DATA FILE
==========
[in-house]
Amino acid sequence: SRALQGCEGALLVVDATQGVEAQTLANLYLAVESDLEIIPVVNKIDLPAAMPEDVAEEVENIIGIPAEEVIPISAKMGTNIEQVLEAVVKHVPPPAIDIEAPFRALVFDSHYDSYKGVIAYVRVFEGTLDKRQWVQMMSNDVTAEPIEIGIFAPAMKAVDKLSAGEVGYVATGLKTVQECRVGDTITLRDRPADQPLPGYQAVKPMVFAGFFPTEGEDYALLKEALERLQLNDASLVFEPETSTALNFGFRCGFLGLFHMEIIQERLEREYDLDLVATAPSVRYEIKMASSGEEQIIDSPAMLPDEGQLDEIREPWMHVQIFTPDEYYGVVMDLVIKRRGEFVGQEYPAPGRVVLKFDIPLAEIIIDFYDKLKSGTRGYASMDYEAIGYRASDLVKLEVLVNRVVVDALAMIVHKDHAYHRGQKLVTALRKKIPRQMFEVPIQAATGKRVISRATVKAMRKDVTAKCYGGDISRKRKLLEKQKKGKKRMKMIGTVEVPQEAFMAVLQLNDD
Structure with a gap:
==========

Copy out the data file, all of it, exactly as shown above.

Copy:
[in-house]
Amino acid sequence: SRALQGCEGALLVVDATQGVEAQTLANLYLAVESDLEIIPVVNKIDLPAAMPEDVAEEVENIIGIPAEEVIPISAKMGTNIEQVLEAVVKHVPPPAIDIEAPFRALVFDSHYDSYKGVIAYVRVFEGTLDKRQWVQMMSNDVTAEPIEIGIFAPAMKAVDKLSAGEVGYVATGLKTVQECRVGDTITLRDRPADQPLPGYQAVKPMVFAGFFPTEGEDYALLKEALERLQLNDASLVFEPETSTALNFGFRCGFLGLFHMEIIQERLEREYDLDLVATAPSVRYEIKMASSGEEQIIDSPAMLPDEGQLDEIREPWMHVQIFTPDEYYGVVMDLVIKRRGEFVGQEYPAPGRVVLKFDIPLAEIIIDFYDKLKSGTRGYASMDYEAIGYRASDLVKLEVLVNRVVVDALAMIVHKDHAYHRGQKLVTALRKKIPRQMFEVPIQAATGKRVISRATVKAMRKDVTAKCYGGDISRKRKLLEKQKKGKKRMKMIGTVEVPQEAFMAVLQLNDD
Structure with a gap: